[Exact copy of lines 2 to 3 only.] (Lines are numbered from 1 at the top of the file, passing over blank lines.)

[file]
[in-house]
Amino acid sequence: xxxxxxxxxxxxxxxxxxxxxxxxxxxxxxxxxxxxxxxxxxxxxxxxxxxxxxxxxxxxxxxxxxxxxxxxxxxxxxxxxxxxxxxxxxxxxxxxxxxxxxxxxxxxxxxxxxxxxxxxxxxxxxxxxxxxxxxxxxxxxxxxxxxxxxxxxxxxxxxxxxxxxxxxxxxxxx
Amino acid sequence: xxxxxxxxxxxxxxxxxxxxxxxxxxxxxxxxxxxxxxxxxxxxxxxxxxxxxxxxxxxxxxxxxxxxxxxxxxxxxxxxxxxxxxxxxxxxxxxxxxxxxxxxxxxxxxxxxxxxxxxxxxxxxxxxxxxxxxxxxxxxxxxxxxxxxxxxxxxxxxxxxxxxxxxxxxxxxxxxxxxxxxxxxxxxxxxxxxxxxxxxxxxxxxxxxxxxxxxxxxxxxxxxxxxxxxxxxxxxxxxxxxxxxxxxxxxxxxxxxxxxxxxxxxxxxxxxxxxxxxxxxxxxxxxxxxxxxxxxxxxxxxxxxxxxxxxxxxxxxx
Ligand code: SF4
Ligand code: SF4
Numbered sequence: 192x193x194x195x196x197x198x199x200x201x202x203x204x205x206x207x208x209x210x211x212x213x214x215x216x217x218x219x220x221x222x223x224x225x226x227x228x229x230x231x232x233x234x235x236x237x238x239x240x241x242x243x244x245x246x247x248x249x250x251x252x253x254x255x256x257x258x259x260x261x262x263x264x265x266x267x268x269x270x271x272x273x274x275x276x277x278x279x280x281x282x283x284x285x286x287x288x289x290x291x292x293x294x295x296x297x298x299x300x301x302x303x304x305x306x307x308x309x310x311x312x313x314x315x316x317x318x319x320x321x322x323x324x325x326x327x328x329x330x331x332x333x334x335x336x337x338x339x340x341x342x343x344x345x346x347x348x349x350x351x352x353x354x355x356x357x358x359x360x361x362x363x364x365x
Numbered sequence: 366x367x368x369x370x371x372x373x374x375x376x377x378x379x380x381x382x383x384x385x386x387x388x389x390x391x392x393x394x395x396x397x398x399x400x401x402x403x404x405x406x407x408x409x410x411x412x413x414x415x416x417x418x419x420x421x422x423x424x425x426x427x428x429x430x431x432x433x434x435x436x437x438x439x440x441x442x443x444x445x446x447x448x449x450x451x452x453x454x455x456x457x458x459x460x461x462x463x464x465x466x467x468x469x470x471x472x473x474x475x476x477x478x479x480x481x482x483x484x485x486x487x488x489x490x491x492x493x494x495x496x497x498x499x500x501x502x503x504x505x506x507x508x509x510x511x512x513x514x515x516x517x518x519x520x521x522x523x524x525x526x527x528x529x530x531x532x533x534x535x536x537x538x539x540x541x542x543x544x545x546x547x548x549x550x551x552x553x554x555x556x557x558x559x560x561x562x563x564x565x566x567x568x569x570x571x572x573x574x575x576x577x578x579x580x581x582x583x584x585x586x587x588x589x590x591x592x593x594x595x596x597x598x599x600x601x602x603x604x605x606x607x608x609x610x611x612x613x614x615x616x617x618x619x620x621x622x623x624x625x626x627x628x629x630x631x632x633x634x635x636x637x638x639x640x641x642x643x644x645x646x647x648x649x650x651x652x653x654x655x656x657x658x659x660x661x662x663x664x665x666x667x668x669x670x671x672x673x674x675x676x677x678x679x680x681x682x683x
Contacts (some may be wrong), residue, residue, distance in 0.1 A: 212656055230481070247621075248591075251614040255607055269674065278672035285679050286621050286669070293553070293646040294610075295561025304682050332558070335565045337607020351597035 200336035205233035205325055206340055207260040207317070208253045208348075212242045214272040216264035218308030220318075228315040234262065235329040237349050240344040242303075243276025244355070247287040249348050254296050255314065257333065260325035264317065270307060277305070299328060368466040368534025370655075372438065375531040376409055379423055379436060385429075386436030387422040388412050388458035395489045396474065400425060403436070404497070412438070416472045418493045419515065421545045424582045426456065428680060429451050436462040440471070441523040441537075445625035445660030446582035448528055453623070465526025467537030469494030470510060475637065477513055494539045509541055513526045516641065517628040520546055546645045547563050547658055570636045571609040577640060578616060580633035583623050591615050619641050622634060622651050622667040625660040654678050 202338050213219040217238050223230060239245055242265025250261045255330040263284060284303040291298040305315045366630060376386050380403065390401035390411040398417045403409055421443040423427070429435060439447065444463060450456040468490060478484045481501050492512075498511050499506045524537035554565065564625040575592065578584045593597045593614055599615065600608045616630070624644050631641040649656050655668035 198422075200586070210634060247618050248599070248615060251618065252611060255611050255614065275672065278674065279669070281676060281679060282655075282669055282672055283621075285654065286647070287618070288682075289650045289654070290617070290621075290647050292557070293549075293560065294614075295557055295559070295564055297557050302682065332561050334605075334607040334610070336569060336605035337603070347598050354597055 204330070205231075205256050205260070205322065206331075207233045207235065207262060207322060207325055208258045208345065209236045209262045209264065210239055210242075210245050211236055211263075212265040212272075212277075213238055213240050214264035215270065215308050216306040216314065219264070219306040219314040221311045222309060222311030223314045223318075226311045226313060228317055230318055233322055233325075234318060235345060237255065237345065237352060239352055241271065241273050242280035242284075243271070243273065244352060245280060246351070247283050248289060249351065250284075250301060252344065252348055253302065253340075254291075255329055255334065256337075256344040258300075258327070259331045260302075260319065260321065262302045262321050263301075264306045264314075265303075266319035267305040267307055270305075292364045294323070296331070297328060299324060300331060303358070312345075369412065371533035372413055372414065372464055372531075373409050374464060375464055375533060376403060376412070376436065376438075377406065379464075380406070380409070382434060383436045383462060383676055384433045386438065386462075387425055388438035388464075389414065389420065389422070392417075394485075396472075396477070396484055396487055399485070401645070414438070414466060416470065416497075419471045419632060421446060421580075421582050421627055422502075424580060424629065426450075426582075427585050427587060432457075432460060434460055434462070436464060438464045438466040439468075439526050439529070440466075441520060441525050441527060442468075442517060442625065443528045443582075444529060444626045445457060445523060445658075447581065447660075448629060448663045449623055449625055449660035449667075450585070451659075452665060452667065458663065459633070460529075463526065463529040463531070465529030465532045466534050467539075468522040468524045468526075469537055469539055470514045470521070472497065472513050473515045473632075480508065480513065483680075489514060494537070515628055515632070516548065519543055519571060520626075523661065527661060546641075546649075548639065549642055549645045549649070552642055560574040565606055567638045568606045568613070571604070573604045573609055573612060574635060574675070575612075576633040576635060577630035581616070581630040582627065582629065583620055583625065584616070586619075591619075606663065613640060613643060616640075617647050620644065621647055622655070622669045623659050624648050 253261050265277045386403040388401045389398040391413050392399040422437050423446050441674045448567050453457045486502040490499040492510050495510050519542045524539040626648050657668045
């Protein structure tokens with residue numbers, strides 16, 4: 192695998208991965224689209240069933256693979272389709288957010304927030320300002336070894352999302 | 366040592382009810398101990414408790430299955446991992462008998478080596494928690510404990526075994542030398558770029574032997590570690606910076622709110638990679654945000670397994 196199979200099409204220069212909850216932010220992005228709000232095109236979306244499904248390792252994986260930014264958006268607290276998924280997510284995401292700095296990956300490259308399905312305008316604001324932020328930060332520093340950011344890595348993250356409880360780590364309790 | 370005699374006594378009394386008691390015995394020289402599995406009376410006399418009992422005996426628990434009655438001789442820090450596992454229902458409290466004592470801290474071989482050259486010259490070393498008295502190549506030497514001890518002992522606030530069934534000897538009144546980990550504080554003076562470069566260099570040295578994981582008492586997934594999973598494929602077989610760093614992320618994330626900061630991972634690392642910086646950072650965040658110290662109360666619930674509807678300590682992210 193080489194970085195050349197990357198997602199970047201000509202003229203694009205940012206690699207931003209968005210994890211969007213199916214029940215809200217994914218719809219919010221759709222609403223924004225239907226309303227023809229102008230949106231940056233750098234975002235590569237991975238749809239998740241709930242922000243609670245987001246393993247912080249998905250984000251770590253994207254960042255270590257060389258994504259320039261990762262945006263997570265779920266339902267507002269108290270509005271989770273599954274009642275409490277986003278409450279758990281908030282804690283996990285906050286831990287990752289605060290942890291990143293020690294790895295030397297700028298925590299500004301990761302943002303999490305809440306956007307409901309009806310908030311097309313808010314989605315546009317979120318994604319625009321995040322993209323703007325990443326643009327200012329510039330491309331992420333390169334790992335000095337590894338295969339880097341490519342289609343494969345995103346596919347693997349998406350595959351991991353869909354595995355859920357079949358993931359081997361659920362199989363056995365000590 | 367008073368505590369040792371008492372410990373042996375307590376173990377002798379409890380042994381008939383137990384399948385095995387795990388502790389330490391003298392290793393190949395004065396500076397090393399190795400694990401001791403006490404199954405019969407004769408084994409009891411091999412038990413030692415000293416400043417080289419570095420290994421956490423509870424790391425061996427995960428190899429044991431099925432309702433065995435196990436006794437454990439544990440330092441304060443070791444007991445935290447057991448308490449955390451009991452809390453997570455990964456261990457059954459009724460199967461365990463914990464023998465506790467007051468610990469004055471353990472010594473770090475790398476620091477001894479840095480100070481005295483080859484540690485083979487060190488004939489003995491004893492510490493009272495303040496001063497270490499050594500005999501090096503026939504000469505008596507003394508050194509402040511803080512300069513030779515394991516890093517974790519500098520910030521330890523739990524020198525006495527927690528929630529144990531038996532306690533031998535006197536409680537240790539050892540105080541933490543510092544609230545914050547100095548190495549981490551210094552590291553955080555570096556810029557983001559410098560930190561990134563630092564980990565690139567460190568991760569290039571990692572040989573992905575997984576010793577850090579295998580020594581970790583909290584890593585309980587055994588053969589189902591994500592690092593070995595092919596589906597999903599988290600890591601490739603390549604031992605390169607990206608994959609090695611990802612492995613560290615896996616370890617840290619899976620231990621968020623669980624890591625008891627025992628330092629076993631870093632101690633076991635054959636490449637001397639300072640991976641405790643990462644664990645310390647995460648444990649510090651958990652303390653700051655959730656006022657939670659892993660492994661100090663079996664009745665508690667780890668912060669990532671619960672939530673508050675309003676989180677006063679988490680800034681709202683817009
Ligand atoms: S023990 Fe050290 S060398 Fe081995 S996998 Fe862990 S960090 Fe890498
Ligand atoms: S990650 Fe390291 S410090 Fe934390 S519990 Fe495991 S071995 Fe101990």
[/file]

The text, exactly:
Amino acid sequence: xxxxxxxxxxxxxxxxxxxxxxxxxxxxxxxxxxxxxxxxxxxxxxxxxxxxxxxxxxxxxxxxxxxxxxxxxxxxxxxxxxxxxxxxxxxxxxxxxxxxxxxxxxxxxxxxxxxxxxxxxxxxxxxxxxxxxxxxxxxxxxxxxxxxxxxxxxxxxxxxxxxxxxxxxxxxxx
Amino acid sequence: xxxxxxxxxxxxxxxxxxxxxxxxxxxxxxxxxxxxxxxxxxxxxxxxxxxxxxxxxxxxxxxxxxxxxxxxxxxxxxxxxxxxxxxxxxxxxxxxxxxxxxxxxxxxxxxxxxxxxxxxxxxxxxxxxxxxxxxxxxxxxxxxxxxxxxxxxxxxxxxxxxxxxxxxxxxxxxxxxxxxxxxxxxxxxxxxxxxxxxxxxxxxxxxxxxxxxxxxxxxxxxxxxxxxxxxxxxxxxxxxxxxxxxxxxxxxxxxxxxxxxxxxxxxxxxxxxxxxxxxxxxxxxxxxxxxxxxxxxxxxxxxxxxxxxxxxxxxxxx